Insightful essays not your bag?  A window looking into current events as they happen, and not how the handlers say they happen a bit too much?  Then don’t subscribe to Tom’s Dispatch.

This excerpt from ‘Bombs Away’ by Tom Engelhardt

“1. Success and Failure: Without a hint of exaggeration, you could say that, at the cost of $400,000 to $500,000, al-Qaeda’s 9/11 air assault created Washington’s multi-trillion-dollar Global War on Terror.  With a microscopic hijacked air force and a single morning’s air campaign, that group provoked an administration already dreaming of global domination into launching a worldwide air war (with a significant ground component) that would turn the TOPSHOTS-SYRIA-CONFLICTGreater Middle East — then a relatively calm (if largely autocratic) region — into a morass of conflicts, failed or collapsed states, ruined cities, and refugees by the millions, in which extreme Islamic terror outfits now seem to sprout like so many mushrooms.  This, you might say, was the brilliance of Osama bin Laden.  Seldom has so little air power (or perhaps power of any sort) been leveraged quite so purposefully into such sweeping consequences.  It may represent the most successful use of strategic bombing — that is, air power aimed at the civilian population of, and morale in, an enemy country — in history.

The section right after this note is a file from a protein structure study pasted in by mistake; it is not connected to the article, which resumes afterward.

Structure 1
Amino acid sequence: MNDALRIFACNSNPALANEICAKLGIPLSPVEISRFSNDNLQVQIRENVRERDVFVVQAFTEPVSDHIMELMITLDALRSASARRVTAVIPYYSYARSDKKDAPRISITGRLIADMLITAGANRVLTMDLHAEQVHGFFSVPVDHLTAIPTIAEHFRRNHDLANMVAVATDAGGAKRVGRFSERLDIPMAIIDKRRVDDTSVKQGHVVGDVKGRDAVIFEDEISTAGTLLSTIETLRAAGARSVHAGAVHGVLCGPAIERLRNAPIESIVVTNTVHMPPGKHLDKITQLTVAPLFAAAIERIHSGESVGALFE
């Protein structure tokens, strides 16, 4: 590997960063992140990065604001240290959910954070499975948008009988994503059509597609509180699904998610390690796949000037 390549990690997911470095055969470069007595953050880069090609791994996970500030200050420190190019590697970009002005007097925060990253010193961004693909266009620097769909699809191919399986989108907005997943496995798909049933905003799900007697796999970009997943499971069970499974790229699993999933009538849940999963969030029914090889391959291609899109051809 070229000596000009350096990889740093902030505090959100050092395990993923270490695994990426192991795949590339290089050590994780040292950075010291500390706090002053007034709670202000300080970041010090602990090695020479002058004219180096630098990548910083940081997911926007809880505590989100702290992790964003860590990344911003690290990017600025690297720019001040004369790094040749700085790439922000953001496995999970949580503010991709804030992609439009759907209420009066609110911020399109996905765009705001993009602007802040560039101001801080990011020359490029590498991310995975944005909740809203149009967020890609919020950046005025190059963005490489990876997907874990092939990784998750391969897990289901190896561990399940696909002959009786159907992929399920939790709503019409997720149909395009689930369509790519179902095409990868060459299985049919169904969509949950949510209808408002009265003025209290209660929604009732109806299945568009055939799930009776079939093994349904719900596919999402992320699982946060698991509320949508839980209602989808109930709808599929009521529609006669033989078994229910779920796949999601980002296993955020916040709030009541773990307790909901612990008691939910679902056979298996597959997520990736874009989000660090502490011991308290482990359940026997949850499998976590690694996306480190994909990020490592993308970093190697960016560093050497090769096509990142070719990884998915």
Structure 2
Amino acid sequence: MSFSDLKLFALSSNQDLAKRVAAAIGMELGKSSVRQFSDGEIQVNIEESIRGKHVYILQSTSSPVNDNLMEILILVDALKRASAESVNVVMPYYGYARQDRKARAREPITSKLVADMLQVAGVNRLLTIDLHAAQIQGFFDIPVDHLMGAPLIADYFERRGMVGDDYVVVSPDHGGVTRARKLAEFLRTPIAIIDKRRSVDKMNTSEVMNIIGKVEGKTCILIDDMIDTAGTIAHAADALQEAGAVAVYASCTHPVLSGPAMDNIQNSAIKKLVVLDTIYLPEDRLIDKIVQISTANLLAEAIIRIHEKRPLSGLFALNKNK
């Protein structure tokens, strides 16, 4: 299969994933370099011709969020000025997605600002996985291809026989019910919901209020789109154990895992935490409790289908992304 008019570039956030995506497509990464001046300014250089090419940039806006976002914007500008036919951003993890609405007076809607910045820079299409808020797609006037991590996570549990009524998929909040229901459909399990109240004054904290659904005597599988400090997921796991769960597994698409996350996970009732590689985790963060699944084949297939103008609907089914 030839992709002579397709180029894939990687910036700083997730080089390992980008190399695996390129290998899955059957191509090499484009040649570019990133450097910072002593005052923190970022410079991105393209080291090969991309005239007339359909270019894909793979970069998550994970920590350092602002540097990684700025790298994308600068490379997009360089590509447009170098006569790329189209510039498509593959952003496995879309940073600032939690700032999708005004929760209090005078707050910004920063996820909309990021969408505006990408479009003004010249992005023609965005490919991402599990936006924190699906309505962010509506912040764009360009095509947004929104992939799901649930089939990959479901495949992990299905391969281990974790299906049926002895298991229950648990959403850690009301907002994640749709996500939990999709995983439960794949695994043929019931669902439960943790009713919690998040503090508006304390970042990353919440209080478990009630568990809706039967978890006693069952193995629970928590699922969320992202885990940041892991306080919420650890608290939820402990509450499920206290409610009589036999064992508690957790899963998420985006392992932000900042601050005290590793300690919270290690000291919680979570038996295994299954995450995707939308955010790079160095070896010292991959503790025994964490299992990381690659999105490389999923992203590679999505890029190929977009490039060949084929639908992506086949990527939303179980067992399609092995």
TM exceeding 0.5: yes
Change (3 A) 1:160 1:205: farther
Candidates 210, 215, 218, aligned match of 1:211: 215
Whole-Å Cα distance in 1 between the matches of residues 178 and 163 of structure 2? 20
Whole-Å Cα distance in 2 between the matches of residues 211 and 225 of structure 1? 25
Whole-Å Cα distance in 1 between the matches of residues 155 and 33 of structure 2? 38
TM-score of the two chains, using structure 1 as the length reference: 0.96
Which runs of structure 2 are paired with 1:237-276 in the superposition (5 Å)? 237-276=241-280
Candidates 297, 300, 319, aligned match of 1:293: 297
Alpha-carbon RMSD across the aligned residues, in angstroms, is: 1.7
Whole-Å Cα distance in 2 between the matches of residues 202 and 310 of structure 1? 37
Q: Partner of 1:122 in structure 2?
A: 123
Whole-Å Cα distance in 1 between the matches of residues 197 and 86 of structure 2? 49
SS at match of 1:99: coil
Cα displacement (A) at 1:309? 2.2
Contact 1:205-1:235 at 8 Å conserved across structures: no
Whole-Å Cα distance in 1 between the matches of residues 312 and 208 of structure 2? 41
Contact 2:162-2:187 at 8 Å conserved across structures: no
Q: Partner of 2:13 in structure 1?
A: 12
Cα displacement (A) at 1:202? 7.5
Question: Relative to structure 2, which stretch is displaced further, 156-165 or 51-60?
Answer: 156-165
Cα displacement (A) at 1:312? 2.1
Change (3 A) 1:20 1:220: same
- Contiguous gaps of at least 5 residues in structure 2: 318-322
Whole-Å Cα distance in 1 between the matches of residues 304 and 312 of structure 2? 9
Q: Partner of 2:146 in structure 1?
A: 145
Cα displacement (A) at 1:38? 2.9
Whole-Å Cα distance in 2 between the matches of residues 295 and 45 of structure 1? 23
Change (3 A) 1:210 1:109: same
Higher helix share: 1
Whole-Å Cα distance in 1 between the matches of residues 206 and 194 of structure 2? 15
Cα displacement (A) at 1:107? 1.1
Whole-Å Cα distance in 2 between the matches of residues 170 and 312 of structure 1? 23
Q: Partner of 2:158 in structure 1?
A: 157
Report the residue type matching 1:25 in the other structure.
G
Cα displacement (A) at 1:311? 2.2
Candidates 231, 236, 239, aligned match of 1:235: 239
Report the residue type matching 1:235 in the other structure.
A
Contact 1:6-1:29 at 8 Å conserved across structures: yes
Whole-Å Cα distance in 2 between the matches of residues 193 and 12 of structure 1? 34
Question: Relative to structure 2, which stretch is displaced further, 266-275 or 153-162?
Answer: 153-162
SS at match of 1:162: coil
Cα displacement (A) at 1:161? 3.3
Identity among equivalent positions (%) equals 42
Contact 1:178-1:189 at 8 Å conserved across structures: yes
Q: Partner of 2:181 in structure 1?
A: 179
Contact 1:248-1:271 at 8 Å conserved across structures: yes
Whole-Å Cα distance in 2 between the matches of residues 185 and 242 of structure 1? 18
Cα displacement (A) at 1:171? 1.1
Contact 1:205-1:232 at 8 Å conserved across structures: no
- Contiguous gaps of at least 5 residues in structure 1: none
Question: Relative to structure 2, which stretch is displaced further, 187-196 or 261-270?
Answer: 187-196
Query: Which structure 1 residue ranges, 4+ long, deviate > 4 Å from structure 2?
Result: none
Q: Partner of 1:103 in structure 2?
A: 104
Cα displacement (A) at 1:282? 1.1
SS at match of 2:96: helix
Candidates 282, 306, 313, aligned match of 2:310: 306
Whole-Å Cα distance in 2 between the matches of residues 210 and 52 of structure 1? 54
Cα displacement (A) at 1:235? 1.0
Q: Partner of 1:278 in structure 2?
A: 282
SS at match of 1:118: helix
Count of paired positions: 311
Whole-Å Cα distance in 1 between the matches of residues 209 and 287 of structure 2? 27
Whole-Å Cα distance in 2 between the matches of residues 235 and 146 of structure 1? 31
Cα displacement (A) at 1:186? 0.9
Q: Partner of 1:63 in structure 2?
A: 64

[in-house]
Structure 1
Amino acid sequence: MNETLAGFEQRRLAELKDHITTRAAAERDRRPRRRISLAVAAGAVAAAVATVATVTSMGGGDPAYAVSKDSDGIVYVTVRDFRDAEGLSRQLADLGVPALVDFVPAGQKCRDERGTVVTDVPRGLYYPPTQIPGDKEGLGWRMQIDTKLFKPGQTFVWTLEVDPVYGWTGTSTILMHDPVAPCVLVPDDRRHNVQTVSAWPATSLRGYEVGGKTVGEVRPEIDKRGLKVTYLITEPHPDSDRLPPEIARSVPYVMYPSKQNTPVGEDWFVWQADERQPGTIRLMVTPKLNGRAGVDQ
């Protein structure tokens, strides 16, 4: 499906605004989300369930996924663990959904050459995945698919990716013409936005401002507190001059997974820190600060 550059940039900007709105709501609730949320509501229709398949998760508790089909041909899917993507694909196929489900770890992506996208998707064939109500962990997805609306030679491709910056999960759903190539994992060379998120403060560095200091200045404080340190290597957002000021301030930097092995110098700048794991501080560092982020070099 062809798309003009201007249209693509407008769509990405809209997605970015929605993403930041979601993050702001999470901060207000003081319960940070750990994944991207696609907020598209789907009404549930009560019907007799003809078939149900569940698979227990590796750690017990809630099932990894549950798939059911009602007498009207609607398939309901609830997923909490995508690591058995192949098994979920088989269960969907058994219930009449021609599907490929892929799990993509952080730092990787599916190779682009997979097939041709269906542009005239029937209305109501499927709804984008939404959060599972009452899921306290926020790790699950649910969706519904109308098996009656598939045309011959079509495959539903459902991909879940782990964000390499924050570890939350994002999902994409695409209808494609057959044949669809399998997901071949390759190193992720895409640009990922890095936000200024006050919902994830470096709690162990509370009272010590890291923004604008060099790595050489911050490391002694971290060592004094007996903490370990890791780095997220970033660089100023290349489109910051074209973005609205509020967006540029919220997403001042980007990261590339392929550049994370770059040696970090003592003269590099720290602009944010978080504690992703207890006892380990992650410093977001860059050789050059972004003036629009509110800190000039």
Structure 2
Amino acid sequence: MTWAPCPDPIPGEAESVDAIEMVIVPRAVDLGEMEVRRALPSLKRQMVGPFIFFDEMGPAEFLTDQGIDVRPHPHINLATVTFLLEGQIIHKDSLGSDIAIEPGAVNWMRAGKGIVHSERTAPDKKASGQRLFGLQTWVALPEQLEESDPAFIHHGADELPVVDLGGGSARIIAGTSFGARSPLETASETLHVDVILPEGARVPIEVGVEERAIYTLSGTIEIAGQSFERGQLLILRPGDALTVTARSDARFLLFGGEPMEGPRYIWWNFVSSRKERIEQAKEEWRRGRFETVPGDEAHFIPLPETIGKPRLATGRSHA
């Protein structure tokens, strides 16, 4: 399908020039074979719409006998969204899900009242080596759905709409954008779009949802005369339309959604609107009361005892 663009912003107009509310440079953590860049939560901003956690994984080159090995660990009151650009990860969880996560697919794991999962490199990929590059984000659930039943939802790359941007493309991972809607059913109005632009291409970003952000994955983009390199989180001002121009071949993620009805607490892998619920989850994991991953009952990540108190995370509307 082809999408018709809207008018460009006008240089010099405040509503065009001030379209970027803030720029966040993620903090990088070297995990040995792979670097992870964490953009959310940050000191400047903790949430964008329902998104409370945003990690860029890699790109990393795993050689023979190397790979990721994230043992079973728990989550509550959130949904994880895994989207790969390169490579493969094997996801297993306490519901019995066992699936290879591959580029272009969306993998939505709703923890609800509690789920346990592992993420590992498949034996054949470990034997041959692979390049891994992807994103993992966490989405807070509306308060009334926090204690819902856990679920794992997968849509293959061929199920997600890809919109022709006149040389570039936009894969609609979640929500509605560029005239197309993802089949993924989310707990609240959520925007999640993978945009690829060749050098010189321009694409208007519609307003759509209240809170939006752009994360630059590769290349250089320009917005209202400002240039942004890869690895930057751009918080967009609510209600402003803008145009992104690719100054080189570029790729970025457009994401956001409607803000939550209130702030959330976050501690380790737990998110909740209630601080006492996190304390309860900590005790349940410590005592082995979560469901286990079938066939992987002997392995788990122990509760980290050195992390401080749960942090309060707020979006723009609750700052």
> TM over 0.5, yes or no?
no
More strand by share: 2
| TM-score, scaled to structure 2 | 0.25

On the other hand, with only a slight hint of exaggeration, you might also conclude that seldom has an air campaign without end (almost 15 years and still expanding at the cost of untold billions of dollars) proven quite so unsuccessful.  Put another way, you could perhaps conclude that, in these years, Washington has bombed and missiled a world of Islamist terror outfits into existence.

On September 11, 2001, al-Qaeda was the most modest of forces with militant followers in perhaps the low thousands in Afghanistan and tiny numbers of scattered supporters elsewhere on the planet.  Now, there are al-Qaeda spin-offs and wannabe outfits, often thriving, from Pakistan to Yemen, Syria to North Africa, and of course the Islamic State (ISIS), that self-proclaimed “caliphate” of Abu Bakr al-Baghdadi, still holds a sizeable chunk of territory in Iraq and Syria while its “brand” has spread to groups from Afghanistan to Libya.

Minimally, the U.S. air campaign, which has certainly killed enough terror leaders, “lieutenants,” “militants,” and others over these years, has shown no ability to halt the process and arguably has ploughed remarkably fertile ground for it.  Yet in response to the next terror outrage (as in Libya recently), the bombs continue to fall.  It’s a curious record in the generally disappointing annals of air power and well worth considering in more detail.”

 

Advertisements